I also created The Christian Dolphin blog. Although it seems like I just wanted to laugh at Christadelphians, that is not really the point of the blog. I was a Christadelphian for 30 years of my life - and some of that has traumatised me, not to mention the process of leaving. Finding ways to laugh about my past is exactly what it was and is about. Looking at my religious upbringing and seeing the funny side has been extremely therapeutic. It's harder to do when it's still fresh, but after a while I highly recommend it. Make peace with your past - it shaped who you are today. You're not a reject with a messed-up history, you're a survivor who took control and demanded a better life and a better connection with reality. But try not to take it too seriously. Sometimes it's good to look back and have a laugh (or cry) and then get back to focusing on what's next for your unique story.

      At this point I'm starting to think more positively about the future, and thinking about what holidays I'd like to go on, that kind of thing. I'm learning new stuff, and that's pretty cool too. Life isn't all roses, but it's mine. I'm still a bit scared of dying, but what has changed is that I'm becoming less scared of living. :)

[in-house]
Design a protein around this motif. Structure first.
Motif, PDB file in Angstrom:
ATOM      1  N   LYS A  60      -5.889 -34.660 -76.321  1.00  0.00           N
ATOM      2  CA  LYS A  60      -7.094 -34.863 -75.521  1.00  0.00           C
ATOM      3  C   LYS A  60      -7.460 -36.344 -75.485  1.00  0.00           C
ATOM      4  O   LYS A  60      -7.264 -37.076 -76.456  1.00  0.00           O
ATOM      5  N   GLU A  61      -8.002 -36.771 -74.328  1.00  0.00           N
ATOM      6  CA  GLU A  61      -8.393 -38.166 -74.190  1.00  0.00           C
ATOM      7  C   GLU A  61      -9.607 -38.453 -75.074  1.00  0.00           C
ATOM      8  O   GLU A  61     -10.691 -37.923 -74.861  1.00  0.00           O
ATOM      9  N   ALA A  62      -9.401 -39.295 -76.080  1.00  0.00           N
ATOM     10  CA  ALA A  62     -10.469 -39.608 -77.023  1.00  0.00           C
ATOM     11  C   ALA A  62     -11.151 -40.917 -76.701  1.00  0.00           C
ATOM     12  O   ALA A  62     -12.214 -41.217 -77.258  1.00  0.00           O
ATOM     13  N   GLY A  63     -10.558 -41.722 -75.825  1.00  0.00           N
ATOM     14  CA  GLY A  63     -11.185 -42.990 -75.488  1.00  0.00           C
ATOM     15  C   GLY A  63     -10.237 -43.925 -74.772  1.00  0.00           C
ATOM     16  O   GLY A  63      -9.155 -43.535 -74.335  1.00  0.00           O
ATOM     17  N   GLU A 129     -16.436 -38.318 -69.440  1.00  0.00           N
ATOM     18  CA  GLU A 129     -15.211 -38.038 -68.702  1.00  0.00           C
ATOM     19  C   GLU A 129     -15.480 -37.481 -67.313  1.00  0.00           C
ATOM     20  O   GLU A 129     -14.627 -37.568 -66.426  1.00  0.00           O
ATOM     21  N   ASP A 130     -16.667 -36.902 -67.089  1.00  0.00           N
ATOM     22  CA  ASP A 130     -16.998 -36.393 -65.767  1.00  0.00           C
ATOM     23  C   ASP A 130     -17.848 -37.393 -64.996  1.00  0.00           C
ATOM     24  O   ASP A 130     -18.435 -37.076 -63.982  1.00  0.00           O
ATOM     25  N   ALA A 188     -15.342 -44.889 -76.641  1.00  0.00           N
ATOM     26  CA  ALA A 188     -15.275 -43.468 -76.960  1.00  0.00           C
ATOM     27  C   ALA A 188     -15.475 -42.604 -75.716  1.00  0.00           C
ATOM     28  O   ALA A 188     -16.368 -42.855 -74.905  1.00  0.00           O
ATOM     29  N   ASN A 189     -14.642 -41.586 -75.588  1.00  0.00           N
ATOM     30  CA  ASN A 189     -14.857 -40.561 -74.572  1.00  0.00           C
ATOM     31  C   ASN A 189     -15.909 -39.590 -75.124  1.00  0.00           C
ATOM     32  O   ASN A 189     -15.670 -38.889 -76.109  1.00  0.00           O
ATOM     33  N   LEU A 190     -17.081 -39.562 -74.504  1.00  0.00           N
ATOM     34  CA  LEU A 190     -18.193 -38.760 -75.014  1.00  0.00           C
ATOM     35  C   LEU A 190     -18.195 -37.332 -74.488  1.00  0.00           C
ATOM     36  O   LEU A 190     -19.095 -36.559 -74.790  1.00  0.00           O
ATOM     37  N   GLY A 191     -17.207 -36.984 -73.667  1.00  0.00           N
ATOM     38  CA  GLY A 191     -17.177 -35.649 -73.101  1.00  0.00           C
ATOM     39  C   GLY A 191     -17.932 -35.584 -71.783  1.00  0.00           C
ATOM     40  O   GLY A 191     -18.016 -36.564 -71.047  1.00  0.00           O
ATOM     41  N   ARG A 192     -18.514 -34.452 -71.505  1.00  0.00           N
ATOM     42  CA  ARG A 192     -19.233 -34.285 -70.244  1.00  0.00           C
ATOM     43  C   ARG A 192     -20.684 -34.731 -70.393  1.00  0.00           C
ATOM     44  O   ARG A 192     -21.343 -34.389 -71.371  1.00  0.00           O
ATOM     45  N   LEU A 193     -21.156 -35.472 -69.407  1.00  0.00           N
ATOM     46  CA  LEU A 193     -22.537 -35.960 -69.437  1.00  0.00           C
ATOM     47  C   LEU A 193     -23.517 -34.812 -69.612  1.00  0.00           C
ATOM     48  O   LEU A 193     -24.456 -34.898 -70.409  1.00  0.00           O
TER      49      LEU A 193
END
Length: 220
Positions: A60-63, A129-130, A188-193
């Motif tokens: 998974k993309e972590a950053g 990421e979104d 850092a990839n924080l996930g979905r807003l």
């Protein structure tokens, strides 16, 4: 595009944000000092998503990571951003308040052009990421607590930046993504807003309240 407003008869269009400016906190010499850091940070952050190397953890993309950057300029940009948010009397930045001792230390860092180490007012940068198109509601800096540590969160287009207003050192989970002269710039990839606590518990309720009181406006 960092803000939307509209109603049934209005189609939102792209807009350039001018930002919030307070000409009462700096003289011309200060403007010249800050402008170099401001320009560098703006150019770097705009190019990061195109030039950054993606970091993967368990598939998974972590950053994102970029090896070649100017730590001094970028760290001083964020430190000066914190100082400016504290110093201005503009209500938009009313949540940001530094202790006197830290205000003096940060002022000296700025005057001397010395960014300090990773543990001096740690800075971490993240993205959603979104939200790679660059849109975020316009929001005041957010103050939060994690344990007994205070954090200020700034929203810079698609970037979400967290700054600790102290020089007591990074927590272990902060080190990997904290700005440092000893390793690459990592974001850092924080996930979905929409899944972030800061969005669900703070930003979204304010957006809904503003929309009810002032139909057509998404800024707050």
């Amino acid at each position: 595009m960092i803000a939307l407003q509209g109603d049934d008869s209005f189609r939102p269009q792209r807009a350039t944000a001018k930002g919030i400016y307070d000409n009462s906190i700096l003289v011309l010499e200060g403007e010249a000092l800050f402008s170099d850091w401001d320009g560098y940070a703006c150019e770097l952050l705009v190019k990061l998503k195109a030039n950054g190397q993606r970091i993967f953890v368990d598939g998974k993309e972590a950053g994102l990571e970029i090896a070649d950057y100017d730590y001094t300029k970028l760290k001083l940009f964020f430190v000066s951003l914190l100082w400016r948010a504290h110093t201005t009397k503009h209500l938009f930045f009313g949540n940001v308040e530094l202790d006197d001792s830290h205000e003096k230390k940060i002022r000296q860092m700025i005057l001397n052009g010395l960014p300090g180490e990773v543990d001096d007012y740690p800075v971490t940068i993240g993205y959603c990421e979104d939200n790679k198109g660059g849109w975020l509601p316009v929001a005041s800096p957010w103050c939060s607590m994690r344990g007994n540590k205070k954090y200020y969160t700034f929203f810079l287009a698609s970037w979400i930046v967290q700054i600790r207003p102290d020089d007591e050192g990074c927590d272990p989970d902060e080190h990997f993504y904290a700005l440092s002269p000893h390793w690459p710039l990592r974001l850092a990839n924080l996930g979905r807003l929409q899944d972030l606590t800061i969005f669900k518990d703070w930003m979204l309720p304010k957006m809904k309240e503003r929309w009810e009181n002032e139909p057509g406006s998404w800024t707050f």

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  6. This group only sound a few notches more extreme than the CDs when you look at them:

    https://www.bbc.co.uk/news/world-asia-45492913

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  7. Thanks - that stuff is helpful.

    To take my argument a little further, if I stay dysfunctional but leave the Cds, I will only be drawn to another abusive organisation, religious movement or bunch of people. The saying goes "its not where you are ... it's where you are at that counts". In other words if I don't change it will not help if I leave or stay in the CDs.

    One of the things that is helping me enormously is 48 hour fasts (no food - only water). Ir not only helps with weight loss but really picks my mood up. Alongside that I am on a plant based diet (50 years of research showing it has all kinds of benefits - e.g. Dr Gregger "How Not To Die"), gave up caffeine 4 weeks ago and exercise. I am feeling much better than in years.

    I am so, so glad not to be in the land of doublethink and instead becoming authentic and real.

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    1. Be careful. Plenty of diet scammers out there:

      https://www.humanewatch.org/hsus_doc_exposed_as_schlock/

      ...and this guy looks a bit dubious.

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  8. There certainly are plenty of diet scammers out there and I was suspicious at first.